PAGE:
Patients and clinicians driving service change in partnership: understanding the big picture

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Lynne Quinney, a member of the Patient and Carer Network (PCN) and part of the Future Hospital development site team at Mid Yorkshire Hospital NHS Trust, discusses how and why lay members, patient representatives and healthcare professionals must work together for a successful service.

What patients experience in their interactions with hospital and health professionals is at the heart of the Future Hospital Programme (FHP). The FHP places strong emphasis on the real and meaningful involvement of patients in designing and influencing the provision of a high quality service. As a Patient and Carer Network (PCN) member, I am playing a part in achieving these aims.

The power of patient involvement

Since July 2015 I have been linked to Mid Yorkshire Hospital NHS Trust, one of the Future Hospital development sites, and to their local patient representative. Together we form part of the team intent on improving acute elderly care in the trust. Making changes in the way services are delivered is challenging and exciting and if ever there was an incentive to do this, it’s the changing demographics and clinical advances that enable us to live longer with not one but many medical conditions. As someone in late middle age with a frail elderly mother, I have some personal experience of what this means.

Being lay members of a team comprising clinicians and managers who work in a large and complex organisation, and who are subject to the accompanying constraints, can be challenging. However, it is potentially powerful, significant and rewarding.

The big picture

My professional background developing leadership and teams in the NHS has given me some understanding of the ‘big picture’ driving service change; perhaps helping me to adapt quickly to being part of the team. Working together with a local colleague, experienced as a volunteer at the hospital and with a purely patient focus, provides what I think is a committed and well balanced lay viewpoint.

Does what we say in the monthly team meetings we attend get noticed and acted on, even when it’s uncomfortable?

Lynne Quinney

The way we are treated as patient representatives should be a gauge as to how patients experience the service. Patients are quick to identify when their involvement is motivated by a need to ‘tick the box’ and this often leads to disillusionment and disengagement. Are we, as lay members of the team, inside or outside the place where decisions are made? Does what we say in the monthly team meetings we attend get noticed and acted on, even when it’s uncomfortable? Certainly our first meetings were characterised by some cynicism from the local patient representative that, for example, the goal of early discharge of appropriate patients was driven by financial pressures. Seeing that attention was being paid to joining up services for this age group through close working with GPs, community staff and social workers, and voluntary bodies like Age UK, allayed such concerns.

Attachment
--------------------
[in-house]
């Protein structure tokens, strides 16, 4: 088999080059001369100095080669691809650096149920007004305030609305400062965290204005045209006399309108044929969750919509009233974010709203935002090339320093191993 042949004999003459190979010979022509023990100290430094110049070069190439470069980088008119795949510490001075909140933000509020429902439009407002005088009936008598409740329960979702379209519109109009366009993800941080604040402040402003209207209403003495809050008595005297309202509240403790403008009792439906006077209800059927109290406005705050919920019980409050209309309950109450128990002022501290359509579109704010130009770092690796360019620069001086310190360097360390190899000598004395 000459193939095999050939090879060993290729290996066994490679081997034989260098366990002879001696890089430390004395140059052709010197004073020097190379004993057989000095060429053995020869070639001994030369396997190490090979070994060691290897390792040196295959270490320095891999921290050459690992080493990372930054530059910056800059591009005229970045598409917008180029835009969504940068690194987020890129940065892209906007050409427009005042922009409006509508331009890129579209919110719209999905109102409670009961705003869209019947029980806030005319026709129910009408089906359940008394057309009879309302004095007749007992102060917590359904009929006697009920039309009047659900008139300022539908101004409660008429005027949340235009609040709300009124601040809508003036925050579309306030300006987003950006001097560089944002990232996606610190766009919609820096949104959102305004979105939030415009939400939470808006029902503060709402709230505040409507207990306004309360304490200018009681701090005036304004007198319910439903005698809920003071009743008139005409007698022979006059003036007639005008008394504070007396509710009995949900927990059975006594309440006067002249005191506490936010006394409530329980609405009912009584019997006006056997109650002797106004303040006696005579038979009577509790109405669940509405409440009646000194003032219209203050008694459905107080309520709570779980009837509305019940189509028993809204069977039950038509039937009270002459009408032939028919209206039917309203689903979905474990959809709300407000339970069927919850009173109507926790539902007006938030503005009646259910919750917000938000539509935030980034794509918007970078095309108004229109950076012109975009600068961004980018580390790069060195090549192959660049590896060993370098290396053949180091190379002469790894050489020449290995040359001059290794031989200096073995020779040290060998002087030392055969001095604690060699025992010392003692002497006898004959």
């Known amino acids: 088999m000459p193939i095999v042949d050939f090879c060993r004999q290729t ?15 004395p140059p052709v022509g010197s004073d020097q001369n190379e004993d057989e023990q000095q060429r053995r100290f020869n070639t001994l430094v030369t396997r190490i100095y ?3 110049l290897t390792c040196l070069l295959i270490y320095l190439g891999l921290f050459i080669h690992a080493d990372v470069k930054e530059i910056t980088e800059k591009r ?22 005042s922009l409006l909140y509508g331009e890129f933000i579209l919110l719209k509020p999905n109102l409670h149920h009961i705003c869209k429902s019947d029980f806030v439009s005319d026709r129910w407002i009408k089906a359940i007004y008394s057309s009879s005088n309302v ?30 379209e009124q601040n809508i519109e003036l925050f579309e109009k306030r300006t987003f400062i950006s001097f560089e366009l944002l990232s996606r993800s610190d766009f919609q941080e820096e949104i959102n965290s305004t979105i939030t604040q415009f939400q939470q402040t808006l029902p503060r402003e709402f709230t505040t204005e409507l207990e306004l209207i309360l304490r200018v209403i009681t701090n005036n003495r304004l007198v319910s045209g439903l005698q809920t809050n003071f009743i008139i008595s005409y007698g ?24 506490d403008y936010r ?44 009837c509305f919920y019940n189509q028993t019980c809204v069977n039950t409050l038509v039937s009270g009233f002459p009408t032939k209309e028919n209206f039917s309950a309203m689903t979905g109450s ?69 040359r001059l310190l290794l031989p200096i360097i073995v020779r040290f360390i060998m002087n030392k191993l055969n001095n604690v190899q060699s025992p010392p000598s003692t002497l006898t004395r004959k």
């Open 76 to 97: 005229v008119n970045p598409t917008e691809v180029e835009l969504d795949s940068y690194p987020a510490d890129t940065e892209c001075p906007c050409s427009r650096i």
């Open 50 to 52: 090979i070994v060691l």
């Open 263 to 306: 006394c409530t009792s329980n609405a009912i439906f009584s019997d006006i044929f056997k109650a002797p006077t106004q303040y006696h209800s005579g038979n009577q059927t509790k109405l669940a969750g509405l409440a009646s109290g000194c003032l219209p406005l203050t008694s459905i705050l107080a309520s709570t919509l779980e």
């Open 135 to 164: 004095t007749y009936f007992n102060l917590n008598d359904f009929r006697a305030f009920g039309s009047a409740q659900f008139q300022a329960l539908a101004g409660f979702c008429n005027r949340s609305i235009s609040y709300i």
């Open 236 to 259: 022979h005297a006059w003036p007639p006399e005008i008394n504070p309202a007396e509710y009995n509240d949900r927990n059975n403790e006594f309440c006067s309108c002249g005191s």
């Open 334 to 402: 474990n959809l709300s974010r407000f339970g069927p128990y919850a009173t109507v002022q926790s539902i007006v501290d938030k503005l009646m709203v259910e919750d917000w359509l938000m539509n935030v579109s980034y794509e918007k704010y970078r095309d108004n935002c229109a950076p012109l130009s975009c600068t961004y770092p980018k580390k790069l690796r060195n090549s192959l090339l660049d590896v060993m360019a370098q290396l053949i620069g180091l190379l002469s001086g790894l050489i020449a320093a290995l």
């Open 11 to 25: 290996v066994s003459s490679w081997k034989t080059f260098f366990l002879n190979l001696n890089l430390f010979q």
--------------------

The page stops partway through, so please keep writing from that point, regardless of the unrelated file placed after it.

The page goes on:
A shared enterprise

Since our regrettable late entry to the team (the service changes were already designed) I believe we are now active and significant players. Our concerns are addressed and acted upon and it feels like a genuinely shared enterprise. One tangible example of this is our considerable involvement in the production and design of patient information where our comments and feedback led to the final product. The local lay representative has recently visited patients who are being cared for by the Rapid Emergency Assessment and Communication Team (REACT) and there are plans for greater involvement, along with other local volunteers, in administering the patient experience questionnaire. It is a considerable advantage that, being in the age group at which the service is aimed, she is able to use shared experiences and an empathetic manner to listen actively to responses and seek amplification as appropriate.

Current patient involvement owes much to strong clinical leadership and attention to staff engagement. The literature on patient experience stresses the importance of culture; authentic engagement will only happen where there is congruence between what is said, particularly by those in leadership roles, and what actually happens. My experience to date demonstrates that what matters to patients matters to the REACT team.